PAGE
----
Today (August 7th) marks the centenary of the first embarkations of ‘advanced parties’ of the British Expeditionary Force in 1914. The Expeditionary Force would constitute Britain’s military involvement in the fields of France and Flanders in the early months of the First World War, and despite its relatively small size (before the war it was made up of around six divisions of all arms and one cavalry division) was seen as ‘incomparably the best trained, best organised, and best equipped British army which ever went to war’. [ref] 1. ‘History of the Great War based on official documents’: Military Operations, France and Belgium, 1914, Vol.1’ (Imperial War Museum, 1933), p.10. [/ref]
In an attempt to show the daily activities of these forces, and subsequently those of other regiments across the Western Front and other theatres of war around the world, The National Archives has launched the @UnitWarDiaries Twitter feed. The feed is, as the title suggests, based on the unit war diaries available in the record series WO 95, which are in the process of being transcribed thanks to the excellent work of our citizen historians via Operation War Diary.
The efforts of the citizen historians on Operation War Diary have made the stories in the war diaries far more accessible, and have also highlighted some interesting trends and entries that we will look to explore during the lifetime of the feed. By only using war diaries that have been fully tagged on Operation War Diary, we will be able to base the feed on the work of the citizen historians and more widely share the stories they have helped uncover.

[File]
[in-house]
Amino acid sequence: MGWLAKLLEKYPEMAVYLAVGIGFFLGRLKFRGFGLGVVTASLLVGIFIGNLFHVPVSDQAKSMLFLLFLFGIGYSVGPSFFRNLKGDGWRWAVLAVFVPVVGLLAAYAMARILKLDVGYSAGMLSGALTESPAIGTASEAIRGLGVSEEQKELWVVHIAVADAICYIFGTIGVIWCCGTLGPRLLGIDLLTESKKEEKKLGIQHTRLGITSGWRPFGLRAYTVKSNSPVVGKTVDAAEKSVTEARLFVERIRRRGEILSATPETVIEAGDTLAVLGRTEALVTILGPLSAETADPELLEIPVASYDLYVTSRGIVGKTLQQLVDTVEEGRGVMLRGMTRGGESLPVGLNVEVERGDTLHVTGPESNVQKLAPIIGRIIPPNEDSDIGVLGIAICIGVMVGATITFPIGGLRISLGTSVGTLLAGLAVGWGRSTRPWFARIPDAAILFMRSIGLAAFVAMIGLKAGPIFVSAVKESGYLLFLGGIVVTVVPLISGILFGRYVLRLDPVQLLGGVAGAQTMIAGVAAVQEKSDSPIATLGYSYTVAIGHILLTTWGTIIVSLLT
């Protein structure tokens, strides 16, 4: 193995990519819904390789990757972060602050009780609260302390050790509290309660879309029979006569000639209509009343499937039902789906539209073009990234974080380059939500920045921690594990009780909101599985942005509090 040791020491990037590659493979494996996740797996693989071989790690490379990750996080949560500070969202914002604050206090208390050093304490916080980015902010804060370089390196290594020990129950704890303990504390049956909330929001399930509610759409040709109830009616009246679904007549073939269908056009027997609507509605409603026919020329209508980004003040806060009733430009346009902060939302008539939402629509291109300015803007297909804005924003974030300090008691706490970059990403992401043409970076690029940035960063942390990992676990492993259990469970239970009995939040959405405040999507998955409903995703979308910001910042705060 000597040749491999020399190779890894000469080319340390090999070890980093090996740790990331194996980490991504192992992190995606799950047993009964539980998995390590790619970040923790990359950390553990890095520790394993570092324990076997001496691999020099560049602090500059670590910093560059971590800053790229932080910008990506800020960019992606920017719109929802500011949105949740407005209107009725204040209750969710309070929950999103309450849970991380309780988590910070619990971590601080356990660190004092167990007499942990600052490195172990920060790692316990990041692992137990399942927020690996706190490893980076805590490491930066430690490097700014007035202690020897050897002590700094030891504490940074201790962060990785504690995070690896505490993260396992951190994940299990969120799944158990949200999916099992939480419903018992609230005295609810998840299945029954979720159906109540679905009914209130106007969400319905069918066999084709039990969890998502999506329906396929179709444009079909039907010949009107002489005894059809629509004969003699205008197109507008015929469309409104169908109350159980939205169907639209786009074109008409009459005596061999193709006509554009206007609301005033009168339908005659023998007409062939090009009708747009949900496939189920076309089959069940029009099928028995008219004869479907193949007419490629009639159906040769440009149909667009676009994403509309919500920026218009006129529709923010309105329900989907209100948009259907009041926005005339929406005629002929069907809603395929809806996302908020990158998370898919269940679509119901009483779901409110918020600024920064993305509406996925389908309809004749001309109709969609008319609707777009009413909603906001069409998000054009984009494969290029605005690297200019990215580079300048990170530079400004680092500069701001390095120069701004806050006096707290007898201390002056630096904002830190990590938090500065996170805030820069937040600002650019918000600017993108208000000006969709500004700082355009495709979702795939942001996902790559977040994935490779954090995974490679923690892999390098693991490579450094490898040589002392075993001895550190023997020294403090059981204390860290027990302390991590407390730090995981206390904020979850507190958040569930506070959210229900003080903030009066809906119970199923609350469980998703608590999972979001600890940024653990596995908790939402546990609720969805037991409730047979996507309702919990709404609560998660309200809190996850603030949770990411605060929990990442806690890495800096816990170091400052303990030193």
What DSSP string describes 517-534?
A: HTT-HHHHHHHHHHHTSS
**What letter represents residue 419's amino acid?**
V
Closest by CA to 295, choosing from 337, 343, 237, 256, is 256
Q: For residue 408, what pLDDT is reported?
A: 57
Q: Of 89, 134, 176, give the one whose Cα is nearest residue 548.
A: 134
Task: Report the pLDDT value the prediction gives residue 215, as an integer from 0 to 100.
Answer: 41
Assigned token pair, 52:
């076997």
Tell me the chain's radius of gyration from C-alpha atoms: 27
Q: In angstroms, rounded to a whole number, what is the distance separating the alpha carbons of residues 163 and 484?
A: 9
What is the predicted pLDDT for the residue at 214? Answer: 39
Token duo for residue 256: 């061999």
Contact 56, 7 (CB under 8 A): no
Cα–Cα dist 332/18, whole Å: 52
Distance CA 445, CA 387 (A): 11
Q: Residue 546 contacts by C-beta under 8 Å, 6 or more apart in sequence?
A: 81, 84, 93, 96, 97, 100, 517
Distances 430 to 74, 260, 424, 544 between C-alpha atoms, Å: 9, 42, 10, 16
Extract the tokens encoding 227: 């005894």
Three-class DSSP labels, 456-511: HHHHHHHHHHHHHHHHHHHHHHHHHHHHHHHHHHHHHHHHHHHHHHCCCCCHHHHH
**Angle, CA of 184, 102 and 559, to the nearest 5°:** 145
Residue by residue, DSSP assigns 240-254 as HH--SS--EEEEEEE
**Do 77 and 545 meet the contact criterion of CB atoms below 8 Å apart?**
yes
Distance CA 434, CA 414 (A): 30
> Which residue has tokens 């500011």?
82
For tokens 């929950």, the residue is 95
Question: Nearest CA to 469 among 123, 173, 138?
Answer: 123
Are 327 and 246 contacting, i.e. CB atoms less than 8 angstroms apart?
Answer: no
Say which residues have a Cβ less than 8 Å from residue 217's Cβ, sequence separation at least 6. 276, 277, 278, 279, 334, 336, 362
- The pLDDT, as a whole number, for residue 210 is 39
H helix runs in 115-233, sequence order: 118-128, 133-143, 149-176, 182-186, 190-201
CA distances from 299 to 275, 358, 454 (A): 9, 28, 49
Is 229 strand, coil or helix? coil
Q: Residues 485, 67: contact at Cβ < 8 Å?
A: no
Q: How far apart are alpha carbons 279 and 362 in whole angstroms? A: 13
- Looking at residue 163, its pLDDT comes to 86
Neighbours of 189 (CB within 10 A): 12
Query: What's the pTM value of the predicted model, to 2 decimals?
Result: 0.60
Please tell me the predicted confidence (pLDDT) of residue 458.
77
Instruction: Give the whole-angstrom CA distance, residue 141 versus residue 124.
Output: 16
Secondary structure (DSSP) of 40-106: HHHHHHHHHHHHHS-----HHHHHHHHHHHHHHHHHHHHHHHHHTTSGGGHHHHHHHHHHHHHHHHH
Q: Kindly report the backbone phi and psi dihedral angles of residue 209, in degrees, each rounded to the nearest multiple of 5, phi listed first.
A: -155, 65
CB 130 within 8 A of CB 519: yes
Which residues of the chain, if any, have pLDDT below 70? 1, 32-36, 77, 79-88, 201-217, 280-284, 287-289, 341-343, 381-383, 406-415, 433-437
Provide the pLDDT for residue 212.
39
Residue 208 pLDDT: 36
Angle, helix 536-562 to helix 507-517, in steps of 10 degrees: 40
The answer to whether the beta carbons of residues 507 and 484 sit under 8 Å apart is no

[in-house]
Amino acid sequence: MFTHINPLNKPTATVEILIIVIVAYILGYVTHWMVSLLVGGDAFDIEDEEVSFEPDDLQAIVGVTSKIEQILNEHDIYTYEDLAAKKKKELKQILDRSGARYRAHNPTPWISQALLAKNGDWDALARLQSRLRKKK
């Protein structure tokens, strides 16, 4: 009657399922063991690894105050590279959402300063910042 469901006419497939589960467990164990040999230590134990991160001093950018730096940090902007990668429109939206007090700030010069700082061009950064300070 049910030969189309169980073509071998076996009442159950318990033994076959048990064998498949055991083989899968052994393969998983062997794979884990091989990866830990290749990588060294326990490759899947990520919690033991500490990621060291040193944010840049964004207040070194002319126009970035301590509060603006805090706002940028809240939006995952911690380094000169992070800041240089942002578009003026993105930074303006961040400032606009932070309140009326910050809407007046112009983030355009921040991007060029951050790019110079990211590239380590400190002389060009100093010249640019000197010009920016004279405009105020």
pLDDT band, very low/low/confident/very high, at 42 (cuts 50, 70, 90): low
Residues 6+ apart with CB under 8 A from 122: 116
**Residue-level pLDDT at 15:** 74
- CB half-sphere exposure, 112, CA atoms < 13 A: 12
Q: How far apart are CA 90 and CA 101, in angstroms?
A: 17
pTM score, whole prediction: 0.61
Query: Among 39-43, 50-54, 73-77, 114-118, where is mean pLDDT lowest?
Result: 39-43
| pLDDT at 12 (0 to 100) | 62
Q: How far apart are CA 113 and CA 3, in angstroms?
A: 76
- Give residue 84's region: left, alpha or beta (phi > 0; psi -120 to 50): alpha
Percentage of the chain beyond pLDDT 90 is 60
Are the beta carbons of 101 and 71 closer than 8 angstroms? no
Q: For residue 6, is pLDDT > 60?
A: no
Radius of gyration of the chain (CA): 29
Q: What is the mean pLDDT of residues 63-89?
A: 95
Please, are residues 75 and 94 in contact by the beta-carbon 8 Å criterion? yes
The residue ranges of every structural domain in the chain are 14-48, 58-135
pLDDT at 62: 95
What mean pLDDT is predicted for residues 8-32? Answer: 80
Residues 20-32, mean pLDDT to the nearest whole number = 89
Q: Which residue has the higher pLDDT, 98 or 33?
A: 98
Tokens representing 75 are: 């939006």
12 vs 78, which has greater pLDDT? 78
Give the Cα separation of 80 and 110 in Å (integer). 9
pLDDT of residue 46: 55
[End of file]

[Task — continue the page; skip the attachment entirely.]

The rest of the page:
By tweeting the content of these war diaries via an as-live feed, we have the opportunity to better understand the experiences of soldiers at war, whether that is the transportation across the Channel in unsanitary conditions, breaks for bully beef and tea, or engagement with the enemy. Each tweet will link to a digitised page of the war diary on the Operation War Diary website, so that followers can understand the context of the message, and see the entry as written first-hand.
Initially, the feed will follow a small selection of units as they travel to France and have their first engagements with the enemy. Up to now the tweets have described the units’ mobilisation but following the order to ‘Embark Expeditionary Force’ (as received by the 2nd Argyll and Sutherland Highlanders early in the morning of August 7th 1914) their journeys appear to be about to begin.
If you have any questions, ideas or suggestions for the @UnitWarDiaries feed, please add a comment below or reply to the feed itself.
To become a citizen historian and help us with the tagging, sign up for Operation War Diary.